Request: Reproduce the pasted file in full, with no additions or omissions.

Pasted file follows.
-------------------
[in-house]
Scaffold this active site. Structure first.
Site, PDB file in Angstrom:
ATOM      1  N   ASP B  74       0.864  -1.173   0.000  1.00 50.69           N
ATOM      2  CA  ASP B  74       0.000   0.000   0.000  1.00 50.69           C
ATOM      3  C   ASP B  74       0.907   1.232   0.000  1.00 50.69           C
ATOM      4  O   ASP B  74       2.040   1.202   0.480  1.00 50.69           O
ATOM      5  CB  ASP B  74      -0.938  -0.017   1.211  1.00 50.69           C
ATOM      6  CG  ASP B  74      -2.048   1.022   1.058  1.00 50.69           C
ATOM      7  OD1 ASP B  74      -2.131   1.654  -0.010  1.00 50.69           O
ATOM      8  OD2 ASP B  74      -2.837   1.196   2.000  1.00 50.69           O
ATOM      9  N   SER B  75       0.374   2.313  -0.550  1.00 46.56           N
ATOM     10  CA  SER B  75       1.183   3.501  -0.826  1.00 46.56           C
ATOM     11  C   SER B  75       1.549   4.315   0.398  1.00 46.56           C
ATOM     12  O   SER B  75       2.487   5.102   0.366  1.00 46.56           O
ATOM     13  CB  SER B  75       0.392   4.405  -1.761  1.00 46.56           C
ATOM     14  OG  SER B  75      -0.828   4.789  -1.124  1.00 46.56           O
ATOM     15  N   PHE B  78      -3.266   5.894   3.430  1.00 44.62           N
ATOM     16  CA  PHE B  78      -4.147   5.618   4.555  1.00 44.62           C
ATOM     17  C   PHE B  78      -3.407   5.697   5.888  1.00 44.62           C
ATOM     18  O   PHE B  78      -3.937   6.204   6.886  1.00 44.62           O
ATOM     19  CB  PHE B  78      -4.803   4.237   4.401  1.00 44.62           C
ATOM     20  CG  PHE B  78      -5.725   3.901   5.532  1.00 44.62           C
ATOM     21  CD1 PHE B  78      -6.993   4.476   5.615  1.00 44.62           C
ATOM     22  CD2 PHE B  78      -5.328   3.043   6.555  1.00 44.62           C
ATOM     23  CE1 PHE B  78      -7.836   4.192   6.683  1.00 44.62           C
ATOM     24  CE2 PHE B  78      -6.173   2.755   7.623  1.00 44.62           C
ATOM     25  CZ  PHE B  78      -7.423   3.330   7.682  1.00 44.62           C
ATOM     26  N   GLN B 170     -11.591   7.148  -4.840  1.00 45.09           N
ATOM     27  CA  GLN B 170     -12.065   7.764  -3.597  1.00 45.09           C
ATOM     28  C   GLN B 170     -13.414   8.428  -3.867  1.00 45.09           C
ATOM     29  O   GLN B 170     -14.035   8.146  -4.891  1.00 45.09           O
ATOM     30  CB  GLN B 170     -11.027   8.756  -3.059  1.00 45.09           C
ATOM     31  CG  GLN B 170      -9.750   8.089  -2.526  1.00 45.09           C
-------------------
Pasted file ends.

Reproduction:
[in-house]
Scaffold this active site. Structure first.
Site, PDB file in Angstrom:
ATOM      1  N   ASP B  74       0.864  -1.173   0.000  1.00 50.69           N
ATOM      2  CA  ASP B  74       0.000   0.000   0.000  1.00 50.69           C
ATOM      3  C   ASP B  74       0.907   1.232   0.000  1.00 50.69           C
ATOM      4  O   ASP B  74       2.040   1.202   0.480  1.00 50.69           O
ATOM      5  CB  ASP B  74      -0.938  -0.017   1.211  1.00 50.69           C
ATOM      6  CG  ASP B  74      -2.048   1.022   1.058  1.00 50.69           C
ATOM      7  OD1 ASP B  74      -2.131   1.654  -0.010  1.00 50.69           O
ATOM      8  OD2 ASP B  74      -2.837   1.196   2.000  1.00 50.69           O
ATOM      9  N   SER B  75       0.374   2.313  -0.550  1.00 46.56           N
ATOM     10  CA  SER B  75       1.183   3.501  -0.826  1.00 46.56           C
ATOM     11  C   SER B  75       1.549   4.315   0.398  1.00 46.56           C
ATOM     12  O   SER B  75       2.487   5.102   0.366  1.00 46.56           O
ATOM     13  CB  SER B  75       0.392   4.405  -1.761  1.00 46.56           C
ATOM     14  OG  SER B  75      -0.828   4.789  -1.124  1.00 46.56           O
ATOM     15  N   PHE B  78      -3.266   5.894   3.430  1.00 44.62           N
ATOM     16  CA  PHE B  78      -4.147   5.618   4.555  1.00 44.62           C
ATOM     17  C   PHE B  78      -3.407   5.697   5.888  1.00 44.62           C
ATOM     18  O   PHE B  78      -3.937   6.204   6.886  1.00 44.62           O
ATOM     19  CB  PHE B  78      -4.803   4.237   4.401  1.00 44.62           C
ATOM     20  CG  PHE B  78      -5.725   3.901   5.532  1.00 44.62           C
ATOM     21  CD1 PHE B  78      -6.993   4.476   5.615  1.00 44.62           C
ATOM     22  CD2 PHE B  78      -5.328   3.043   6.555  1.00 44.62           C
ATOM     23  CE1 PHE B  78      -7.836   4.192   6.683  1.00 44.62           C
ATOM     24  CE2 PHE B  78      -6.173   2.755   7.623  1.00 44.62           C
ATOM     25  CZ  PHE B  78      -7.423   3.330   7.682  1.00 44.62           C
ATOM     26  N   GLN B 170     -11.591   7.148  -4.840  1.00 45.09           N
ATOM     27  CA  GLN B 170     -12.065   7.764  -3.597  1.00 45.09           C
ATOM     28  C   GLN B 170     -13.414   8.428  -3.867  1.00 45.09           C
ATOM     29  O   GLN B 170     -14.035   8.146  -4.891  1.00 45.09           O
ATOM     30  CB  GLN B 170     -11.027   8.756  -3.059  1.00 45.09           C
ATOM     31  CG  GLN B 170      -9.750   8.089  -2.526  1.00 45.09           C